It's been a busy week for me. I had given up bread-making as I lost use of my left hand and could no longer knead, but recent conversations have encouraged me to try again. The kneading did prove problematic though so I turned initially to the no kneading technique developed by Jim Lahey in New York City. I took an old recipe and modified it to work with this new (for me) process.
Then I tried using just unbleached bread flour with green olives and cracked red pepper - still using the no knead system. I like it, but no one else has had a chance yet. Stay tuned.
Two days ago I used the sourdough starter begun four days earlier.
This was not a no knead recipe, but I made four loaves of Cheddar, Apple, Thyme Sourdough Bread. It tastes great, but I am frustrated that I forgot to carve the tops of the loaves before I baked them. I'm not sure I can continue with the one-handed kneading though. It wasn't easy. Maybe I need one of those fancy mixers - the ones with that corkscrew dough attachment. Nah.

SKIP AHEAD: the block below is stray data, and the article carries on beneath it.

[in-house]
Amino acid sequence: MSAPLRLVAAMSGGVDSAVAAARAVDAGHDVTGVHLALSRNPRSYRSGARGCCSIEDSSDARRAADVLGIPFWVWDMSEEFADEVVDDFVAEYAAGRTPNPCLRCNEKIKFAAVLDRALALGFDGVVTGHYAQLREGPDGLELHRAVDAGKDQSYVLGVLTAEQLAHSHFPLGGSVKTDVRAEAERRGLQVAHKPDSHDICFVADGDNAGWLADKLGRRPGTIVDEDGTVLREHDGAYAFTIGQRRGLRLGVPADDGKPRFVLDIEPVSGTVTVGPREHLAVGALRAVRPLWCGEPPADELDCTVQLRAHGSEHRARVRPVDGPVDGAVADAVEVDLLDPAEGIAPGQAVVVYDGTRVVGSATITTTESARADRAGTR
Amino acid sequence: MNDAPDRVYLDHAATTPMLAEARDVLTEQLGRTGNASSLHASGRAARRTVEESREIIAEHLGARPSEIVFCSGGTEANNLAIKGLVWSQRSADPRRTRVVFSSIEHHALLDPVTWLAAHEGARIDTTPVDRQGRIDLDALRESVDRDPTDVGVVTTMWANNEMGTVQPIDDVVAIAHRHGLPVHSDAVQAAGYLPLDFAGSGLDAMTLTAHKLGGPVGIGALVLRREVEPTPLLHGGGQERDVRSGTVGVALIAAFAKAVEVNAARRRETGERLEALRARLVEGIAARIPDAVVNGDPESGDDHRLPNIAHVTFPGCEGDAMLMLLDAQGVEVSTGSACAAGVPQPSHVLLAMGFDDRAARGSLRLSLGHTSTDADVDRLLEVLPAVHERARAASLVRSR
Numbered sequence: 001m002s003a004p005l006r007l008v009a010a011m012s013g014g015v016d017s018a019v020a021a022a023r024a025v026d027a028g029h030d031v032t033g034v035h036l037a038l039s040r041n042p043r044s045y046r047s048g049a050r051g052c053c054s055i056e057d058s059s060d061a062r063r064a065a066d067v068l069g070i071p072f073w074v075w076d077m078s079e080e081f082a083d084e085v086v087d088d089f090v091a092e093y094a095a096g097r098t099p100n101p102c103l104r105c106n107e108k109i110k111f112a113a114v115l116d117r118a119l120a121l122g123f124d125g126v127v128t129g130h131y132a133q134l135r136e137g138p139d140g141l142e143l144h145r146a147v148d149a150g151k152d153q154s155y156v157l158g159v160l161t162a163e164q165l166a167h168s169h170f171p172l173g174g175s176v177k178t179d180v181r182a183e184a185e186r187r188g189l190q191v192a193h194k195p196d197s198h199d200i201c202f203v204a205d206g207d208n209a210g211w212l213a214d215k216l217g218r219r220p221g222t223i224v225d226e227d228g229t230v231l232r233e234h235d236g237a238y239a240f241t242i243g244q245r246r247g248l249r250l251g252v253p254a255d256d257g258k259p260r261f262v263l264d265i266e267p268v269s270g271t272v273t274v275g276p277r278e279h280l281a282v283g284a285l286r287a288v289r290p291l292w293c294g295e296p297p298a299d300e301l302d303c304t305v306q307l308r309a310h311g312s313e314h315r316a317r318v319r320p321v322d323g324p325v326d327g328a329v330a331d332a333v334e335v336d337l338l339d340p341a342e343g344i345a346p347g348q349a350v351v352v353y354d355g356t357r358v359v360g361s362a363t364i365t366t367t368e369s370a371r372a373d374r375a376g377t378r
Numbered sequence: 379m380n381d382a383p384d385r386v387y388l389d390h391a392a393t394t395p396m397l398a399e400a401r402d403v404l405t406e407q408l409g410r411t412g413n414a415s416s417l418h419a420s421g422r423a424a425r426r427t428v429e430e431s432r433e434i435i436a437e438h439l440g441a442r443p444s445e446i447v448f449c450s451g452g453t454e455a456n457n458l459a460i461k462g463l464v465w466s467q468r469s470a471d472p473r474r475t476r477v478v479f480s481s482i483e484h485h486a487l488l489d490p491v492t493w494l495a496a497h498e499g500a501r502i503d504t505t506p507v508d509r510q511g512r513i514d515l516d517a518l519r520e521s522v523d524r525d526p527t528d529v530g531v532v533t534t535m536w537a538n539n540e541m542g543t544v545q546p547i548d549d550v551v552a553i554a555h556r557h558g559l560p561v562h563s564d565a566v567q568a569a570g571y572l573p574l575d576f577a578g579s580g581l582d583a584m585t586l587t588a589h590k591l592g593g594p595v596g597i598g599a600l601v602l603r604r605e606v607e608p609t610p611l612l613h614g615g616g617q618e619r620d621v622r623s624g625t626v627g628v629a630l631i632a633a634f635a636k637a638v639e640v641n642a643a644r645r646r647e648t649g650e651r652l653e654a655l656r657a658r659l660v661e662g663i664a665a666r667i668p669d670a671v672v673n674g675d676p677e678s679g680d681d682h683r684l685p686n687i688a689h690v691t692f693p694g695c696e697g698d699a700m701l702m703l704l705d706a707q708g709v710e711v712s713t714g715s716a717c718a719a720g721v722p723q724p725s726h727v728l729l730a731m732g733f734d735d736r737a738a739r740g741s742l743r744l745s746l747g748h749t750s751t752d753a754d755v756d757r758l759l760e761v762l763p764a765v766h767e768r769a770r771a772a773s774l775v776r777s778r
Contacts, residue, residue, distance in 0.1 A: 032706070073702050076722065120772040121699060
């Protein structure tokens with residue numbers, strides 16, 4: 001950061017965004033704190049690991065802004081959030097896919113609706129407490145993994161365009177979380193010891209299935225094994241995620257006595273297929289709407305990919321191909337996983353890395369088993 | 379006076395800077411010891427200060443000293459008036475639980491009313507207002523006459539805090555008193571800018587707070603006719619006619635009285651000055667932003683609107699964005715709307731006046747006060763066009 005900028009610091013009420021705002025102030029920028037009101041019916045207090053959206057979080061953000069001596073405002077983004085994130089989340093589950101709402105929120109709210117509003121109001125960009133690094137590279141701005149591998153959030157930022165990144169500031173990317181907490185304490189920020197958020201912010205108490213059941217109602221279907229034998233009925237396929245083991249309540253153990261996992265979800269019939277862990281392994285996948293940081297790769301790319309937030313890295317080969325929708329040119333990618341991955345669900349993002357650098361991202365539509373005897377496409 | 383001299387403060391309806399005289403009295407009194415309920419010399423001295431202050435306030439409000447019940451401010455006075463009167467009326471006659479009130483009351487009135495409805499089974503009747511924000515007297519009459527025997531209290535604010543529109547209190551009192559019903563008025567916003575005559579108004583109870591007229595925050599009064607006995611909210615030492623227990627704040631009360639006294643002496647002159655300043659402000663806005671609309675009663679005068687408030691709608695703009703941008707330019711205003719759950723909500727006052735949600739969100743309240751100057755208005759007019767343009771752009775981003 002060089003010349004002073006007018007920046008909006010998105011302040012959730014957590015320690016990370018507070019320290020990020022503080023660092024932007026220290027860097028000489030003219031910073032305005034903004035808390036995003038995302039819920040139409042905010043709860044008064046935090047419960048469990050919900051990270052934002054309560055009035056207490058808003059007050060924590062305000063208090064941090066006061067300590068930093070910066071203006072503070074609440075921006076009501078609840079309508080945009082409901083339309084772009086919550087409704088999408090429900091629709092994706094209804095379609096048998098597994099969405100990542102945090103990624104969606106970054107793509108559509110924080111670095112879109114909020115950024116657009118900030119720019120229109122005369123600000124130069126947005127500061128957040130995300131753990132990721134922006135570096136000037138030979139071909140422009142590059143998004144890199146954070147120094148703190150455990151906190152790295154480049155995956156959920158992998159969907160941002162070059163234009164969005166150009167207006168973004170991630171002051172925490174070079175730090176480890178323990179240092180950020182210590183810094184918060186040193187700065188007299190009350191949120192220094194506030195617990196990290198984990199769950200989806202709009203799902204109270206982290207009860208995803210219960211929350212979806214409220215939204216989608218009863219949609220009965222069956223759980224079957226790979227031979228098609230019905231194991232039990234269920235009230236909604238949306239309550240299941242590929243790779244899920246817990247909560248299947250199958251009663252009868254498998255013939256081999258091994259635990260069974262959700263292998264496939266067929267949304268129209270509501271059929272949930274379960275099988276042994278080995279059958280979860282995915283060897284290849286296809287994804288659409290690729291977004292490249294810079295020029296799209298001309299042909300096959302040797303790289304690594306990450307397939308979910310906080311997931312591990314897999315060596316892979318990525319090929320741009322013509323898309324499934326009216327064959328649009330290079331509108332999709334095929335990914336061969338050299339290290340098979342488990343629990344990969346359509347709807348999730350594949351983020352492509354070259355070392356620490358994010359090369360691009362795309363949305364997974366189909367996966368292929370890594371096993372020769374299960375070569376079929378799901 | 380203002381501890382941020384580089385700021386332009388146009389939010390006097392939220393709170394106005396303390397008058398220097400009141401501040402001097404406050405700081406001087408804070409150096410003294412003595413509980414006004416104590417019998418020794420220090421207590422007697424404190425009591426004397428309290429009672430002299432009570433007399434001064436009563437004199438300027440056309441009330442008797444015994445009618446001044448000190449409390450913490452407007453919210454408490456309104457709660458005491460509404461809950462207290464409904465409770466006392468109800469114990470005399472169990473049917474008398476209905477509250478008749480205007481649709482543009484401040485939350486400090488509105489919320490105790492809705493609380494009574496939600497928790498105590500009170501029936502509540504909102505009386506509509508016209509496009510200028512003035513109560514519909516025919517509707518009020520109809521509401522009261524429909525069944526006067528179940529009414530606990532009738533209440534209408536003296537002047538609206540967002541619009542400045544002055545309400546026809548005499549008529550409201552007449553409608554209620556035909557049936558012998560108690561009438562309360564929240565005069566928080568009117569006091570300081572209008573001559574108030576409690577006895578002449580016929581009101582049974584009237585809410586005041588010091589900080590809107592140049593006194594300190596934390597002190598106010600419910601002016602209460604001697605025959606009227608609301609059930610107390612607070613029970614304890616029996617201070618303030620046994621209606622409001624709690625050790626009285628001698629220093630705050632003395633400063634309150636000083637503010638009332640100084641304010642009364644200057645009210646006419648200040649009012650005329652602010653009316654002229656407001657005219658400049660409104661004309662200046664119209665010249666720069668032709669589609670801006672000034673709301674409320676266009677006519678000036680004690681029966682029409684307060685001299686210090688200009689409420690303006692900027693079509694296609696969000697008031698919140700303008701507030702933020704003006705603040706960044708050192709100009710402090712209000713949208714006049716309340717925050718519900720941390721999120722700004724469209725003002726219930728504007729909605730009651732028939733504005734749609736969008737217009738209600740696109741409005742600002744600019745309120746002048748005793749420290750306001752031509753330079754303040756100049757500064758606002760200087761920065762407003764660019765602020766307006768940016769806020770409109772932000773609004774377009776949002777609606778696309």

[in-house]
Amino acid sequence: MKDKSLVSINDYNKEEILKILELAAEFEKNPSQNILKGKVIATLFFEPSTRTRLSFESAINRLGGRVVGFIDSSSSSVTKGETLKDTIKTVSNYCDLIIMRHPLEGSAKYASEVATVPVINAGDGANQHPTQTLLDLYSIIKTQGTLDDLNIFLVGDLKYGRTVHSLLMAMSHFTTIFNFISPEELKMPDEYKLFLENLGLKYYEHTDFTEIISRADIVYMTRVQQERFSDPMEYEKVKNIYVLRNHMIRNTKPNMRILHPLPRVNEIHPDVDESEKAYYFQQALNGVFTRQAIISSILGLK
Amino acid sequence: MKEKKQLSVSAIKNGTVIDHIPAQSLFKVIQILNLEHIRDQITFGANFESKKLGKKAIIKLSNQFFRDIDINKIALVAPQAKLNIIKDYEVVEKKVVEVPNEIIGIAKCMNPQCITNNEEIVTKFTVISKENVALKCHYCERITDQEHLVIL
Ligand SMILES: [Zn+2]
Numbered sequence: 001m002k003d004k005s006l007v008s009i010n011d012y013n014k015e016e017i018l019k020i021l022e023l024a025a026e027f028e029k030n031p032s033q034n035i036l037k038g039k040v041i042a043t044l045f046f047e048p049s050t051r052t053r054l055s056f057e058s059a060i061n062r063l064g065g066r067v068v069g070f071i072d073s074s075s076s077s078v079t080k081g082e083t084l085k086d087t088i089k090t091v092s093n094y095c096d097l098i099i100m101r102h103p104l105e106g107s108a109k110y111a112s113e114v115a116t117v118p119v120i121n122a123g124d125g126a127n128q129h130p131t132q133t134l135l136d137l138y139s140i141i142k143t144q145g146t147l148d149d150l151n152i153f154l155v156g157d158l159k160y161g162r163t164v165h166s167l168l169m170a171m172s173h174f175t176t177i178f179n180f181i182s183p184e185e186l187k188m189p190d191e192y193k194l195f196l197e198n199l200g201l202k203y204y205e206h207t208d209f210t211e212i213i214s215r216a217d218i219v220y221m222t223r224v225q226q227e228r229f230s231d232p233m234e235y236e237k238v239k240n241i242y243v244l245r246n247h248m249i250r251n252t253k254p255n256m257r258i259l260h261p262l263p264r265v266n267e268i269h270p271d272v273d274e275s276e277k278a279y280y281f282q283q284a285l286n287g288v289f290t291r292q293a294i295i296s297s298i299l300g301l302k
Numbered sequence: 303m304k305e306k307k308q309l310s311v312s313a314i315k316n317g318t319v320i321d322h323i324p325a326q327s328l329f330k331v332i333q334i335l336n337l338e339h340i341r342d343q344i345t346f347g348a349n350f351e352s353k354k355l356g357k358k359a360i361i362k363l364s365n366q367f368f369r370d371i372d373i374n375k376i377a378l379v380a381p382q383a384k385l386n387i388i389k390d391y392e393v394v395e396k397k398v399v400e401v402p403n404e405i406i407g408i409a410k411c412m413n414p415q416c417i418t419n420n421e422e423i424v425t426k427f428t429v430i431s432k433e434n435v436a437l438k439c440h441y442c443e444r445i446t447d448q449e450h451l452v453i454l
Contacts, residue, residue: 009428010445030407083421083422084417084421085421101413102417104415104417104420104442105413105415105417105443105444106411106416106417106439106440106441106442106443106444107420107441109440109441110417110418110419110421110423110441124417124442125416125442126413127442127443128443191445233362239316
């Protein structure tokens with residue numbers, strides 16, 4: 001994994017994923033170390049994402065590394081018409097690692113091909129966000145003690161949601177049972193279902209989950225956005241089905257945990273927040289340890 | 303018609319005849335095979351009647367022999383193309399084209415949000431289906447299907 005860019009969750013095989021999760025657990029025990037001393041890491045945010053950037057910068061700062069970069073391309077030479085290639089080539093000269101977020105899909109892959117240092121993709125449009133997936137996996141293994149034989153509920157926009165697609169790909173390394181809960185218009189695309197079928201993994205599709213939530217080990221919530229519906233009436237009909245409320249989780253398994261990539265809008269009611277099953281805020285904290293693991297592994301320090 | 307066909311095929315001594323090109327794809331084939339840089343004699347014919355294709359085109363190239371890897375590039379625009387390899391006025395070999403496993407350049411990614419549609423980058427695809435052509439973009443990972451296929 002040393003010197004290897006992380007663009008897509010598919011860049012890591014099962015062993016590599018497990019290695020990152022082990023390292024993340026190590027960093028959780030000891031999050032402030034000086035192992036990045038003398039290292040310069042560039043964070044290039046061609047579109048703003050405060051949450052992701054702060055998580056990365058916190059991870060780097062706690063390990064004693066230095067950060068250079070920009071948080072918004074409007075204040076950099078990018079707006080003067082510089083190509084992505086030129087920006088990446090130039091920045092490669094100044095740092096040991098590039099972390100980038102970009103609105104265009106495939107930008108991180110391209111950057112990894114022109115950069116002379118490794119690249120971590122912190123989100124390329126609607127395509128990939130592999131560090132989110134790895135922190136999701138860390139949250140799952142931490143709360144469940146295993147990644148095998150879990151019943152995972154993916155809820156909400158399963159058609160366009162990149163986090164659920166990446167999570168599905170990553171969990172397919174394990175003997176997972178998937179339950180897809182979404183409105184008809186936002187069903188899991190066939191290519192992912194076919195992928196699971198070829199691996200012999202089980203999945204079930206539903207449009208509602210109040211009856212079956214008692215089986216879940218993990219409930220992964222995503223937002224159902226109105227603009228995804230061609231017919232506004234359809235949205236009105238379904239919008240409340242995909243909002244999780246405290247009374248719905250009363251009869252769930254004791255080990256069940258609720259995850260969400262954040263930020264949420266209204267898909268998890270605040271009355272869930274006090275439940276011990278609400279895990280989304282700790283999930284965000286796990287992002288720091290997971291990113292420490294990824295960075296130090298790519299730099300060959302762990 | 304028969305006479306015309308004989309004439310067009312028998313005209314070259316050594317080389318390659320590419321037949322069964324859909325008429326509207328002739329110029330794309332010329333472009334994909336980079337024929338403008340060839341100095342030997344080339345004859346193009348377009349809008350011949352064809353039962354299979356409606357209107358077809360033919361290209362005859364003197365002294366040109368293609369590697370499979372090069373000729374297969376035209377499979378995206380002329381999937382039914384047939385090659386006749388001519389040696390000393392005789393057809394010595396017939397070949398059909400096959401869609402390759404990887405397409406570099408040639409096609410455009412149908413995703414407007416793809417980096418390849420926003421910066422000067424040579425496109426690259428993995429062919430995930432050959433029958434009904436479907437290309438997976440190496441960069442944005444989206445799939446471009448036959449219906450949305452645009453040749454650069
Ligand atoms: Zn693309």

Nine loaves. It's been a fun week, and although free time is more limited now that spring classes have begun, I hope to continue this baking effort. I know it's good for my soul. As I wrote last week, there is something very fundamental about this. The chemistry. The connection with earth and with fire. The artistry. The continuation of something almost primal. It is at once meditative and restorative. We can all use that.
It doesn't have to be bread, by the way - as symbolic as that is. Find something you once enjoyed. Make time to re-embrace it. The pleasure that will emerge will make you a happier and most likely a better person.